Board of Trustees Meeting Agenda | July 2021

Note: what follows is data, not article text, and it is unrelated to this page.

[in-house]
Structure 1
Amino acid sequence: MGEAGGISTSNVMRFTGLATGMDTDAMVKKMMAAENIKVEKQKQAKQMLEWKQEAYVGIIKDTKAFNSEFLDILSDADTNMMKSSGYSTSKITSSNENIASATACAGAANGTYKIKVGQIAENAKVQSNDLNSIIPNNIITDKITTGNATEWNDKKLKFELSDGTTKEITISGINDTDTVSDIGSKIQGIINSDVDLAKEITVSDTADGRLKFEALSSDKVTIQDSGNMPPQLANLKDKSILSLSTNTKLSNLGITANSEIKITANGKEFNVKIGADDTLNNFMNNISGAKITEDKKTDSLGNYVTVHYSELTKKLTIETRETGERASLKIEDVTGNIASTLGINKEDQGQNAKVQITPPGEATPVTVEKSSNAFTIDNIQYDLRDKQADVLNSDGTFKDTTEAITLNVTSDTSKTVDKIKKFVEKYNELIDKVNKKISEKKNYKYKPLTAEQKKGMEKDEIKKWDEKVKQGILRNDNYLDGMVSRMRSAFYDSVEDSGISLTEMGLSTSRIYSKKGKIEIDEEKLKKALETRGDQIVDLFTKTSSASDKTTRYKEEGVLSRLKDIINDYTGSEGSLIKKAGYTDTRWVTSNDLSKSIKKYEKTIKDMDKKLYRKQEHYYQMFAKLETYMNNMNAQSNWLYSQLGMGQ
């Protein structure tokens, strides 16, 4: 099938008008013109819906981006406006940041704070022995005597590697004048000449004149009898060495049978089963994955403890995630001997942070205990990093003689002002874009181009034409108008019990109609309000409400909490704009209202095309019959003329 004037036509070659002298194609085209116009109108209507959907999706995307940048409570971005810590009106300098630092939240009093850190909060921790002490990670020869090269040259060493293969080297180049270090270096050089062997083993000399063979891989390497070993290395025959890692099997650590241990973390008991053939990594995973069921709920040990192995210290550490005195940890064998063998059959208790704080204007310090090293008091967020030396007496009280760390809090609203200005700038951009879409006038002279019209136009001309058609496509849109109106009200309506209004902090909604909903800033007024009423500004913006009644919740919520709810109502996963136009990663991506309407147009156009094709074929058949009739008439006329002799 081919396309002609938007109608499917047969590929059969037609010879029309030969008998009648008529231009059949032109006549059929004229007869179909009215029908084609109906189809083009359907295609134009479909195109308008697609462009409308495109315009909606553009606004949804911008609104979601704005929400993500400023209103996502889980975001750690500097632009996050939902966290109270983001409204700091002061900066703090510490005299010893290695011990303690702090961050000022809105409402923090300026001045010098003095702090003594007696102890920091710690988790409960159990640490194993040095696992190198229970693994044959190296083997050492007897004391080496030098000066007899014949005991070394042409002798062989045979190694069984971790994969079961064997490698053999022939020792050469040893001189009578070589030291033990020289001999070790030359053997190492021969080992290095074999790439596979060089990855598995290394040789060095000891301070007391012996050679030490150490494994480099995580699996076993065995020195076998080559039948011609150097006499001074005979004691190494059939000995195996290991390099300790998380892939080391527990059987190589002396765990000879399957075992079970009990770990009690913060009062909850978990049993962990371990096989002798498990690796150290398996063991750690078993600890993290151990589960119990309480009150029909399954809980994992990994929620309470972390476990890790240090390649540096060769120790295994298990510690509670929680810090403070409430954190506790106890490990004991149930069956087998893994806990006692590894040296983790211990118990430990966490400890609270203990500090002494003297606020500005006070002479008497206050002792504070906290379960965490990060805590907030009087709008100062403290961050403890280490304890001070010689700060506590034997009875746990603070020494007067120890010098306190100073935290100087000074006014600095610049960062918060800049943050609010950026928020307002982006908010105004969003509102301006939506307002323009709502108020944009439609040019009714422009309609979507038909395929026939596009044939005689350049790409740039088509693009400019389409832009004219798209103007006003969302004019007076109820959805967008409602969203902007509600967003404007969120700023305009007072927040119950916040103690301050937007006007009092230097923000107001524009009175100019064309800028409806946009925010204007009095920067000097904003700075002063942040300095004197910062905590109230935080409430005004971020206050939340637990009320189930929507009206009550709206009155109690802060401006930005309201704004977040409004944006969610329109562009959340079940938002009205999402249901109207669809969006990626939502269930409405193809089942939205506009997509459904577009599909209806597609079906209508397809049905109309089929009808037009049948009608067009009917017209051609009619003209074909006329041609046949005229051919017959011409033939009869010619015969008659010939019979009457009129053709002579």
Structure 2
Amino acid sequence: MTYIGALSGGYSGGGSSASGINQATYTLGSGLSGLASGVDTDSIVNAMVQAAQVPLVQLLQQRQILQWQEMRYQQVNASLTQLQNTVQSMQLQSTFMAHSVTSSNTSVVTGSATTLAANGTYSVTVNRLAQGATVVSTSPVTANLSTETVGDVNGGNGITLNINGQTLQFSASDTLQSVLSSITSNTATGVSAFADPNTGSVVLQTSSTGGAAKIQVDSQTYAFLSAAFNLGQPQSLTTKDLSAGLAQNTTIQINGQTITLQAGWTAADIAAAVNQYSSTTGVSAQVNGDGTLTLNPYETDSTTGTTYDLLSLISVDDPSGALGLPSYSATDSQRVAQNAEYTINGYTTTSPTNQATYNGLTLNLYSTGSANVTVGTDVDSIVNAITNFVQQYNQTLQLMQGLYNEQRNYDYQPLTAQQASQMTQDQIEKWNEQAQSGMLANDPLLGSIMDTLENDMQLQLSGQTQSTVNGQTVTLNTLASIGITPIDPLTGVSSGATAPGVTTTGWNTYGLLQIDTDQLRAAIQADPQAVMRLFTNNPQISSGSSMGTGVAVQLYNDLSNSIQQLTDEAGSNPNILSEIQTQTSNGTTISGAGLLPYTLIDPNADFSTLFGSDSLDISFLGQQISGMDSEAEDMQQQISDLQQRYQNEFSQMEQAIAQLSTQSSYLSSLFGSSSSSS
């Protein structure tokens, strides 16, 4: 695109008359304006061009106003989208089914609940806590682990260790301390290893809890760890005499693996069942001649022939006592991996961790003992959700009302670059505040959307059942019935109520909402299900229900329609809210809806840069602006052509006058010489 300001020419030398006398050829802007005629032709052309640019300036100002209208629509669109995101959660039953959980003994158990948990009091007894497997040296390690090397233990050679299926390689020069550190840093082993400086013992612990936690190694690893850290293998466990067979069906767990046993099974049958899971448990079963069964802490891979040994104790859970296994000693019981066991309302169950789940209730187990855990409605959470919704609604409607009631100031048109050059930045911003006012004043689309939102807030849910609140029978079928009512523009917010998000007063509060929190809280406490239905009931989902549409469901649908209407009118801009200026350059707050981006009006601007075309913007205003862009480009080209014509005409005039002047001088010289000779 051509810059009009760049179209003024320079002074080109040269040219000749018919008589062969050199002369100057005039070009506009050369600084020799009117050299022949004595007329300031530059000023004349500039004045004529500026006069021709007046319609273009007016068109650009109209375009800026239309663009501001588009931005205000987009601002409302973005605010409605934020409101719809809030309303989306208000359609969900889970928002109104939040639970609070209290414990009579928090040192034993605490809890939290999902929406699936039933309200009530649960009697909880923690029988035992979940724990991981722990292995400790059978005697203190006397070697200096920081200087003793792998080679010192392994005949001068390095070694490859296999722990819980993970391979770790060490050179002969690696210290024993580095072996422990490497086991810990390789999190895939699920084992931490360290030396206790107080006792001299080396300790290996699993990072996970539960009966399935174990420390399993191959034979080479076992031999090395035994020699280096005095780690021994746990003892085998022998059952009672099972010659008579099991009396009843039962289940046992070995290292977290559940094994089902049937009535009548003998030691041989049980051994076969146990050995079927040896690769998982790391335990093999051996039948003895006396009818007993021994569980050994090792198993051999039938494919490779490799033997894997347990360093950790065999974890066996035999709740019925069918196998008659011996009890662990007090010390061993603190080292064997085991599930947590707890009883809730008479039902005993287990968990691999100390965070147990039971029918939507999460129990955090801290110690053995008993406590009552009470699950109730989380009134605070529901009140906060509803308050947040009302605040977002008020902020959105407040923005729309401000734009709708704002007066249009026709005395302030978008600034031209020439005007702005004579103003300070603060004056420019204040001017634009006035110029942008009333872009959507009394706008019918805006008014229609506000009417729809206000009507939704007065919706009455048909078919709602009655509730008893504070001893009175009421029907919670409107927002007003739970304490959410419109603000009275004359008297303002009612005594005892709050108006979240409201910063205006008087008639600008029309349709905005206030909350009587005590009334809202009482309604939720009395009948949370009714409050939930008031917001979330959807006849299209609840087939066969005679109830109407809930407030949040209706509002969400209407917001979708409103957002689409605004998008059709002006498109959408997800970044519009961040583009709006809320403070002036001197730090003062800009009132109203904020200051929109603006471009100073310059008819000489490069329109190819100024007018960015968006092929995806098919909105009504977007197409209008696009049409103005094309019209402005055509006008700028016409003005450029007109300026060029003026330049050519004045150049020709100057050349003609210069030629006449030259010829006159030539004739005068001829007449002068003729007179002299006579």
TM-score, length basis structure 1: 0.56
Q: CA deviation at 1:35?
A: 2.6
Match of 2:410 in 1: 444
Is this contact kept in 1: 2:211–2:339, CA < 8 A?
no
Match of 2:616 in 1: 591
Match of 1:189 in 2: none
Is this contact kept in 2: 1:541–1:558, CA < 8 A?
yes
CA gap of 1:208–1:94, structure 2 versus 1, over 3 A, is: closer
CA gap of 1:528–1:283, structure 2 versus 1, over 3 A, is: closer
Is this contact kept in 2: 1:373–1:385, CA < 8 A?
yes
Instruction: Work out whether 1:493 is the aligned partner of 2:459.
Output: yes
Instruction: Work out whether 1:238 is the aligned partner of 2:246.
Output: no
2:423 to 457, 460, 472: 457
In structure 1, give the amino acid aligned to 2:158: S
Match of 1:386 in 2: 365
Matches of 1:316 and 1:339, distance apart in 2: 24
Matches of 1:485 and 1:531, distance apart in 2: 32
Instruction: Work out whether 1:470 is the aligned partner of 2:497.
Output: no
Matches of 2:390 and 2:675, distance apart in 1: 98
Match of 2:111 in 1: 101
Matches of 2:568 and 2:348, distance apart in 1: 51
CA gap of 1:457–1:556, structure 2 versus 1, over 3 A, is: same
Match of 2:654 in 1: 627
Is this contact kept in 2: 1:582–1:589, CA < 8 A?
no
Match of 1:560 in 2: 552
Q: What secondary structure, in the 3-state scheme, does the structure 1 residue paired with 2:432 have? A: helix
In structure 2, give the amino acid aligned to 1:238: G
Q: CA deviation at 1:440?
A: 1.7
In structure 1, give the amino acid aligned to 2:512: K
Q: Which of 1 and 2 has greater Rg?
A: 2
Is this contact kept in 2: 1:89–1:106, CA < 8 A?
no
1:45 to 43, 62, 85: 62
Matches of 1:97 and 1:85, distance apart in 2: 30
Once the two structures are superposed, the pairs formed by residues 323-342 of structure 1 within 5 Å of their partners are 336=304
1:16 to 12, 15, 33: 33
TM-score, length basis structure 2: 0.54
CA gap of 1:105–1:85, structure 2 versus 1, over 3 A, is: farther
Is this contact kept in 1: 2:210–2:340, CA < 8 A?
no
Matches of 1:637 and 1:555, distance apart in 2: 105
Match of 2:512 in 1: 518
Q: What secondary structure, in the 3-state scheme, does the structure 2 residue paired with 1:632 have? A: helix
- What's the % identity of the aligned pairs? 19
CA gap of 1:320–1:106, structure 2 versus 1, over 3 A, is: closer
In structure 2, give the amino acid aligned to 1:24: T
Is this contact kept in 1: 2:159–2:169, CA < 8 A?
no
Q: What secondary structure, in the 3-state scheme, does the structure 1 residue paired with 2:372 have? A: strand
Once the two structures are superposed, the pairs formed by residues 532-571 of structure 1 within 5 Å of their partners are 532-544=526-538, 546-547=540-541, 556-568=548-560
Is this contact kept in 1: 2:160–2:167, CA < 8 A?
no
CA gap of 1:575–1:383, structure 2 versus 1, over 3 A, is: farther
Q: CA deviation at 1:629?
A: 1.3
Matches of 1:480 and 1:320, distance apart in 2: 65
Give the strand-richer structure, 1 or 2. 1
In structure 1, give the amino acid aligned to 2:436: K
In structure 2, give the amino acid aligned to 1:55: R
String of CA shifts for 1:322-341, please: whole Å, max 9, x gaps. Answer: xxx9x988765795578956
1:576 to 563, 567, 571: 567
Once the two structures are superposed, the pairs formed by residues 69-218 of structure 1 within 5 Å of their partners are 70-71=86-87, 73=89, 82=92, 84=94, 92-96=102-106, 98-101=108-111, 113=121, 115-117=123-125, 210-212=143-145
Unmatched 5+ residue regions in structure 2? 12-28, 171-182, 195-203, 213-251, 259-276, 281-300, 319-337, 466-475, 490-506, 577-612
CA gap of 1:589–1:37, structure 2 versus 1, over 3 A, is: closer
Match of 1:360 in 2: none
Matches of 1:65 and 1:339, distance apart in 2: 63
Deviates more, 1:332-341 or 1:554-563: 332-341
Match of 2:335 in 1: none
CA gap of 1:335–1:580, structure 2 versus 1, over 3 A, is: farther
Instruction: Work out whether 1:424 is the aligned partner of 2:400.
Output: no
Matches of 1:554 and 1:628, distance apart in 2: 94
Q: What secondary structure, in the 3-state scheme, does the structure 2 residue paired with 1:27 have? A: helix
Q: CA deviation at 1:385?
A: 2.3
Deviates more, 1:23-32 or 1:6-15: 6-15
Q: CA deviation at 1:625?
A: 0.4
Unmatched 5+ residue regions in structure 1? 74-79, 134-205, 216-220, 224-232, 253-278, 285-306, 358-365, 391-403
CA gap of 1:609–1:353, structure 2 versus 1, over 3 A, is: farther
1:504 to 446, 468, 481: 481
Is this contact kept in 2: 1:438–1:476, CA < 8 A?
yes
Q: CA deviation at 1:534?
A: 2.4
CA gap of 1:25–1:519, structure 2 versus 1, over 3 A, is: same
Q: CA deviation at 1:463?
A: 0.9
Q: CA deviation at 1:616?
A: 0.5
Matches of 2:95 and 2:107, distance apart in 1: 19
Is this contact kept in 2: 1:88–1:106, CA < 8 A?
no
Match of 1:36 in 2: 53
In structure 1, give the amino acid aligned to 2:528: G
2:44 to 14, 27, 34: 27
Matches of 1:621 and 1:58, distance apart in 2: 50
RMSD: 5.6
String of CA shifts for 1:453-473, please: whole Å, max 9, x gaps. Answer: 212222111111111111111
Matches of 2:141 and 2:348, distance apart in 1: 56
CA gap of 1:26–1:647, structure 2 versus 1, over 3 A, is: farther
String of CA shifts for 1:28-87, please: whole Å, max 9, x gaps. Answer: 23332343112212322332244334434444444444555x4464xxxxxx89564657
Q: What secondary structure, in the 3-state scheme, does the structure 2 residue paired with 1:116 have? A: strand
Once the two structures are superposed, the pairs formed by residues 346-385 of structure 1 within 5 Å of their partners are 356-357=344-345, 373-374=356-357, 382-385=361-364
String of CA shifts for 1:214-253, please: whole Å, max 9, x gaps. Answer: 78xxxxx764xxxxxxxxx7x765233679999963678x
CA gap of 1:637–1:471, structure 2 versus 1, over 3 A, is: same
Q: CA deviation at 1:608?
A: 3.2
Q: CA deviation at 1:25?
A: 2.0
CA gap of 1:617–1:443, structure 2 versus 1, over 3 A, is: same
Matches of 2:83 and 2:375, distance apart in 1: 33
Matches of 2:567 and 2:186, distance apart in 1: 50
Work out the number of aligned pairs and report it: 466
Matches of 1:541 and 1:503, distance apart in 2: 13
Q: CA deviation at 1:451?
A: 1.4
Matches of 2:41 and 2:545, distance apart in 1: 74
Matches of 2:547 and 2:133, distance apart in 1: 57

It requires a plan A budget that does not include effective planning is failed from the start. Planning is the hard part, and when done well decisions around budgeting become easy simply because effective planning identifies and prioritizes what is important and what is not. We can then assign financial resources to the important things and the budget becomes the quantitative representation of what is important. This is critical, because while CWU has an abundance of resources, financial resources are finite and we cannot afford to consider, nor fund, everything as equally important. This is an area where we still have opportunities to focus our efforts on the most important things. A budget must include measurements Being able to measure those things that are important is vital to the budgeting process. For example, if we decide through our planning process that maintaining a small average class size is important, putting a measurement on the term “small” is vital so that we can understand together what we mean, and it has implications on budgeting for enrollment, instruction, physical capacity, etc. Measurement is vital to be able to respond to changing circumstances, such as changes to enrollment. Finally, measurement allows us to evaluate outcomes – successes and/or opportunities for improvement that may change future decisions on what is important and therefore what should be funded. Timeframe Understanding the timeframe for a budget is critical. We tend to budget annually, but break our budgets up into months, so every month has a budget. Monthly variances from budget can seem troubling to some, but actually there is a lot to learn from a monthly variance. It indicates that something occurred in reality that is different from your plan, and it can help inform a budget manager about what changes need to be made for the rest of the year to avoid a more significant variance at the end of the year when there is little that can be done to correct the situation. Overspending a budget at the end of the year is a little more serious, however our current practice is to allow overspending at the department level so long as there is a compensating underspend within the same division. Our expectation is that every division ends the year with no overspend. It’s not personal For the purpose of managing the university, and in some part due to state accounting rules, we have arranged ourselves into funds, divisions, subdivisions, and departments. We also have projects, programs and work groups. Each of these units has funding of some sort, in order to accomplish the work that needs to be done in support of our mission. While we all know that the resources of the university belong to the State of Washington, and we are the stewards of these resources, it is hard not to feel a sense of ownership. “Those are my funds, I took a budget cut, I’m not paying for that with my budget, they swept my unspent money” – all too

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